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Recovery Funds for National Parks Address Everything From Wastewater Plants to Monuments


Fort Jefferson at Dry Tortugas National Park will get some long-overdue stabilization work thanks to the American Recovery and Reinvestment Act. NPS photo.

Waste-water treatment plant overhauls. New boardwalks. Foot and bridle trail restoration. Roadwork. Attacking invasive species. These are some of the ways $750 million in federal economic recovery funds will be used across the National Park System.

Using Earth Day as a backdrop today to announce the release of those funds, Interior Secretary Ken Salazar emphasized that parks large and small will benefit from the infusion of dollars.

“From the Civil War to the Great Depression, America’s best ideas for protecting our national parks and open spaces have often come when our nation has faced its greatest challenges,” said the secretary during a media conference in Washington, D.C. “Today, by investing $750 million to restore and protect America’s most special places, we are creating a new legacy of stewardship for our National Park System while helping our economy stand up again.

"These projects - at places like Ellis Island in New York and Dinosaur National Monument in Utah – are ready to go and will create jobs in communities across the country.”

The projects weren't dreamed up over night. Many have been on the National Park Service's 'to-do' list for years but have lacked funding to complete. Dinosaur's visitor center, for instance, has been mothballed since 2006 because of structural problems. Fortunately, Congressman Jim Matheson, D-Utah, saw that money for a new visitor center was included in the recovery program.

And Yellowstone National Park's waste-water woes aren't new at all. Indeed, a year ago the Interior Department's Inspector General pointed out in a lengthy report that, "Providing safe drinking water and properly disposing of waste-water at Yosemite and Yellowstone national parks present a growing risk to the health of employees and the public. Combined, these parks operate 47 drinking water and 42 waste-water systems. An official at Yosemite stated that the park struggles to keep its aging systems running and repairs are usually not made until the facilities break or fail. (my emphasis) In addition, two of Yosemite's water systems did not comply with federal health regulations and many of Yellowstone's systems were in various states of deterioration."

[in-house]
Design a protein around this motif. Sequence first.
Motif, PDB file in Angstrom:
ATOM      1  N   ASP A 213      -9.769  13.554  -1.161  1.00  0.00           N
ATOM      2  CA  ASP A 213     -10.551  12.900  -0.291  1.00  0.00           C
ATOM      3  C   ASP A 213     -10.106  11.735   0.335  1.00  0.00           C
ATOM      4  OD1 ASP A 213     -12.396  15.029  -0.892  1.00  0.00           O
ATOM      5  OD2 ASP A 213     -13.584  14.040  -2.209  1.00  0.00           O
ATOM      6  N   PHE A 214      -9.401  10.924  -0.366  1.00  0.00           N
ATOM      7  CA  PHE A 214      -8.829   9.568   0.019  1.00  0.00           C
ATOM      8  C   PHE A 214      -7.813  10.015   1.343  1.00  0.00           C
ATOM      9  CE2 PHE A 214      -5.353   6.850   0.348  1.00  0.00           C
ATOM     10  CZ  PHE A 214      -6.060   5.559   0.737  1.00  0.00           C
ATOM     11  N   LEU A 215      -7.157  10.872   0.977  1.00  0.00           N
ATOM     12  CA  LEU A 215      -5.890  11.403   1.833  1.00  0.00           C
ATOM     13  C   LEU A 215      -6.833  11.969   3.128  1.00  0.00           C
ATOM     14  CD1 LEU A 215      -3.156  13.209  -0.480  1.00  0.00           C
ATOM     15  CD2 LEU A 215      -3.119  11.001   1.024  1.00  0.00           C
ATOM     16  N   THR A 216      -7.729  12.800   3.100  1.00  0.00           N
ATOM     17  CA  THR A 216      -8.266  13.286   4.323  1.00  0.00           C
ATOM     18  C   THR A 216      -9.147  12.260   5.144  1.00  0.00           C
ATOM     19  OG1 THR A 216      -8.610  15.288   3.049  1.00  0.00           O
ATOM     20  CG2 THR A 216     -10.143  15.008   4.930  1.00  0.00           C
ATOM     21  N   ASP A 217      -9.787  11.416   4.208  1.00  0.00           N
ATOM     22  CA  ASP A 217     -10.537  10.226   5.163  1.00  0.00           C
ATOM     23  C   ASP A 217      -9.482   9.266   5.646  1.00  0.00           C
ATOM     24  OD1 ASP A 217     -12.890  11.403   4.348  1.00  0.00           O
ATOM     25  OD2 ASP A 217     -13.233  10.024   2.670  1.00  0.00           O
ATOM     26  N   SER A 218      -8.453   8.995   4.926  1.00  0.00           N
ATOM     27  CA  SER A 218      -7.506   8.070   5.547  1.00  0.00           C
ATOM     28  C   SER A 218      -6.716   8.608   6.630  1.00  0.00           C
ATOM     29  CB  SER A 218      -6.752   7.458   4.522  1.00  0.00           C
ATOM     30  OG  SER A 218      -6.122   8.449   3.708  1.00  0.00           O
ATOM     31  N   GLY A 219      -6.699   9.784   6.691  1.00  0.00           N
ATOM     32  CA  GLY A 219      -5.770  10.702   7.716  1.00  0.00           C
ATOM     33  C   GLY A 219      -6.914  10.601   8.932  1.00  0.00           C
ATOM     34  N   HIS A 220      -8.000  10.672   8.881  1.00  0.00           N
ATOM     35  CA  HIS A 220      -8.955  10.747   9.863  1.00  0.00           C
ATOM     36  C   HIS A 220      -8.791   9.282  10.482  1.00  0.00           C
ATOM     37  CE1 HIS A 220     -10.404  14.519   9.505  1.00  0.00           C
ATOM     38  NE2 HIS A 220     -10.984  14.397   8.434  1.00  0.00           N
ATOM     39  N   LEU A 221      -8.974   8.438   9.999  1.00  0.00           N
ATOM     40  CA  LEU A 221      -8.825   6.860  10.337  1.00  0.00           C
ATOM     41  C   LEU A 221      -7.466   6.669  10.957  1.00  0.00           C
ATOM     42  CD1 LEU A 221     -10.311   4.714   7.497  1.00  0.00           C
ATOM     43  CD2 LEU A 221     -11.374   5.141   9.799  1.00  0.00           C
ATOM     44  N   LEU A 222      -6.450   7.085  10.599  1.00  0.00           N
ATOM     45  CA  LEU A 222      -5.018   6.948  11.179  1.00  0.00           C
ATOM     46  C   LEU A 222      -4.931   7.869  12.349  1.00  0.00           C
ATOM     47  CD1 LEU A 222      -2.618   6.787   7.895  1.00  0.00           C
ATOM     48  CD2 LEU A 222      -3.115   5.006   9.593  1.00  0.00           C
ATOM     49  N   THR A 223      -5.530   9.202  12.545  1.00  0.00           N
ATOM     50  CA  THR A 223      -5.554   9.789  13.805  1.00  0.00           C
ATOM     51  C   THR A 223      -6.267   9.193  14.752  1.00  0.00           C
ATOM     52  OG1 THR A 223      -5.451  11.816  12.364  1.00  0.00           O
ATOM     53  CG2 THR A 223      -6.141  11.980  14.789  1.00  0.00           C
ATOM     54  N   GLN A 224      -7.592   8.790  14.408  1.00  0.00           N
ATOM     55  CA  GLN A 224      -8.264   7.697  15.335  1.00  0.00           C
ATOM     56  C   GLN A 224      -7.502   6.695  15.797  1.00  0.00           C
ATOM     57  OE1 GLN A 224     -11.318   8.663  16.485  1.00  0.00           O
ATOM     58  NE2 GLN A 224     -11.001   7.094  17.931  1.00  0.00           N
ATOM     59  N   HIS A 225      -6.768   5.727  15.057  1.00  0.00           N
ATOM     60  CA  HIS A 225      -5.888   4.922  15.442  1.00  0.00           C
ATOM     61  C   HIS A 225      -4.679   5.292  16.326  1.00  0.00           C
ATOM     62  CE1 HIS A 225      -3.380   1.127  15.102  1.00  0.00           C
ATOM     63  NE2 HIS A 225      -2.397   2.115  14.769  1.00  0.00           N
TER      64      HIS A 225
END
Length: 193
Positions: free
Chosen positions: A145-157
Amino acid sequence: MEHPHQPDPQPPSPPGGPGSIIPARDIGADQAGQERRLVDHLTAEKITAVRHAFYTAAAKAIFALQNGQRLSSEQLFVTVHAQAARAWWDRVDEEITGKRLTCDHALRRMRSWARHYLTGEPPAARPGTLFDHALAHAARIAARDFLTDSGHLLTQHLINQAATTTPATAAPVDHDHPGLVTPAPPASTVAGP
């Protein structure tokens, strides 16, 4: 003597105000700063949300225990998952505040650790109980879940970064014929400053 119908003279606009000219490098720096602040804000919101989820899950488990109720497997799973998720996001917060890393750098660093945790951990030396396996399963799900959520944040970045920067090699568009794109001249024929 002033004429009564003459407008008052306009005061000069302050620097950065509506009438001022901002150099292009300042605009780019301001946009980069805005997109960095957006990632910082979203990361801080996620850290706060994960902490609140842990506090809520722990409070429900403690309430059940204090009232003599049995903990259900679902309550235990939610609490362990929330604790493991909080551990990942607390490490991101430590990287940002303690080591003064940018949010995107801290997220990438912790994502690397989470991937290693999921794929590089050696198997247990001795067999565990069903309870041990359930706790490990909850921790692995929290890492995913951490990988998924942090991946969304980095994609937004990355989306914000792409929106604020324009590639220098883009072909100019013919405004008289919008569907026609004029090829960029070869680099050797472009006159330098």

Today came word that Yellowstone will receive more than $9 million "to completely overhaul and antiquated waste-water treatment facilit..."

According to the Park Service, all of the projects receiving funding "are long-standing priorities."

Here's a look at some of the other projects approved for funds:

* $8.8 million to stabilize the Ellis Island Baggage and Dormitory Building, one of the most significant structures at Statue of Liberty National Monument and Ellis Island in New York and New Jersey.

* $13.1 million to demolish and replace condemned portions of the Quarry Visitor Center at Dinosaur National Monument.

* $54.7 million to undertake six mitigation projects to prepare for the removal of the Elwha Dam and restoration of the Elwha River basin at Olympic National Park in Washington.

* $11.5 million to replace more than 5 miles of water lines at Mesa Verde National Park in Colorado.

* $5.5 million to rehabilitate Independence Hall Tower at Independence National Historical Park in Pennsylvania.

* $2.37 million to reclaim abandoned mine lands and restore the natural landscape at Great Sand Dunes National Park and Preserve in Colorado.

* $304,000 to install gates and protect visitors at Greenwater Valley at Death Valley National Park in California.

* $585,000 to rehabilitate historic bridle trails at Rock Creek Park in Washington, D.C.

* $5 million to replace the roof of the historic Old Courthouse at Jefferson National Expansion Memorial in Missouri.

* $30.5 million to repair the Lincoln Memorial Reflecting Pool and $7.3 million to restore the District of Columbia War Memorial at the National Mall and Memorial Parks in Washington, D.C.

* $100,000 to restore trails and fields at Abraham Lincoln Birthplace National Historical Park in Kentucky.